I get the impression that when they say to Peter, ‘You went into the house of uncircumcised men and ate with them,’ it’s a rather hostile, aggressive, accusing question. I say that because Peter’s speech in response exhibits all the classic signs of an ancient defence speech. He quotes the testimony of witnesses, the evidence of signs, and concludes with a rhetorical question.
But to their credit, ‘the circumcised believers’ (verse 2, as Luke describes them) do not interrupt or hassle Peter. They listen carefully to his speech. We can be grateful that for all their initial antagonism, they are not the sort of people we sometimes find in our churches and in the wider world whose motto could be, ‘I’ve made my mind up, so don’t confuse me with the facts.’ You know the sort of person who only listens to a contrary view with the greatest of reluctance. Perhaps they are actually afraid that if they listen, the truth will persuade them they are wrong and they will have to change when that is the last thing they want to do.
Not the Jerusalem disciples, though. Sceptical they may be, but their actions show they want to go in the direction of God’s truth. And since a major part of that discernment process will be to detect where God is already at work, they devote themselves to listening to Peter.
So how good are we at listening to others in order to perceive the work of God? It requires above all that we have a heart and mind that is committed to finding the will of God and following it. Sadly, there are people in our churches who are too embedded to the traditions they love that they will not take the holy risk of listening. I suggest that such people probably love their traditions more than they love God.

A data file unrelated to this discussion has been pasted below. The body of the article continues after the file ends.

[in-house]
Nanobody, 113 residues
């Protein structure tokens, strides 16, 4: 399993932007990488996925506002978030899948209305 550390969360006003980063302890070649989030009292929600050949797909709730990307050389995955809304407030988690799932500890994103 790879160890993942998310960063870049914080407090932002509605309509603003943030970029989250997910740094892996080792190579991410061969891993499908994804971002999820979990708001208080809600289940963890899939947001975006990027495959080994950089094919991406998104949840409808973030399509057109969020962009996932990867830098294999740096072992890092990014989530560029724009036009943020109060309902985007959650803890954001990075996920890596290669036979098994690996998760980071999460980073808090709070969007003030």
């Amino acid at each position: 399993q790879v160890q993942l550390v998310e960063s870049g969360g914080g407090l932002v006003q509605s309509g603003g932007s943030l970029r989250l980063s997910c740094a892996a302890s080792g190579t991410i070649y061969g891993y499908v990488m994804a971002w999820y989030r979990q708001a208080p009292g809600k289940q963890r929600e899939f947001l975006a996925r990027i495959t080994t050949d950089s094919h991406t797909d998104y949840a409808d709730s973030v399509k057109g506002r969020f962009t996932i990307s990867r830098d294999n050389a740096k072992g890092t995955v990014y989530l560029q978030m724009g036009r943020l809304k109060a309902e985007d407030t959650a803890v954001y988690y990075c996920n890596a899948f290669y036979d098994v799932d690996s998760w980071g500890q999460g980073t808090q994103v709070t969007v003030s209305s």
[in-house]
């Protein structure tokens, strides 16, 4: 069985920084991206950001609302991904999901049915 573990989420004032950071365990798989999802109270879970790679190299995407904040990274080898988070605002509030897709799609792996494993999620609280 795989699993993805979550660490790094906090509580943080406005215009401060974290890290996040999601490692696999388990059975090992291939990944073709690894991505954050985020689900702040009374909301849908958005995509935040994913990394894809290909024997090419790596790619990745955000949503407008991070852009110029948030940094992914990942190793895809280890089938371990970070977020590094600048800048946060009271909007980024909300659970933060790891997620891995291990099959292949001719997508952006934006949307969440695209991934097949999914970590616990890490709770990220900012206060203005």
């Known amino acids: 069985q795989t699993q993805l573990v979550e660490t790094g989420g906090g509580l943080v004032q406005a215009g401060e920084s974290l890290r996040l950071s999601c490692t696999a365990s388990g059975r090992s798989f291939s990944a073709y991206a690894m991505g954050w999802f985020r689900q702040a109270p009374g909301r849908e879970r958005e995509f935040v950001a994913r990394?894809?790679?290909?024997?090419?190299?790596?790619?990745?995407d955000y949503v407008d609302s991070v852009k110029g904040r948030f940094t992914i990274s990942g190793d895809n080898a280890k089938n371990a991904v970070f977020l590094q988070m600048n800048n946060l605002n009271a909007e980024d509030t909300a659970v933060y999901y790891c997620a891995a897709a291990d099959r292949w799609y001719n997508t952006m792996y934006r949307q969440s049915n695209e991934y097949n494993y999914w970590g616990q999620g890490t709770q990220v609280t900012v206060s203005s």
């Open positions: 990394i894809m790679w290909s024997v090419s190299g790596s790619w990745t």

Or there are those of us who prefer the sound of our own voices to those of others. We have an inbuilt pride that assumes God is more likely to speak through us than through other Christians, and so we don’t invest time and energy in listening to others.
Rather, listening is an act that honours other people. What they claim to be an account of God at work is worthy of our attention. We grant them dignity is people made in the image of God and called to be servants of God by giving them our time and concentration.
Note that in all this I am not saying that listening should be naïve and uncritical. It certainly should not be the kind of exercise where we absorb everything that is said without filtering it. That is why the second element of responding toproposed change is to discern.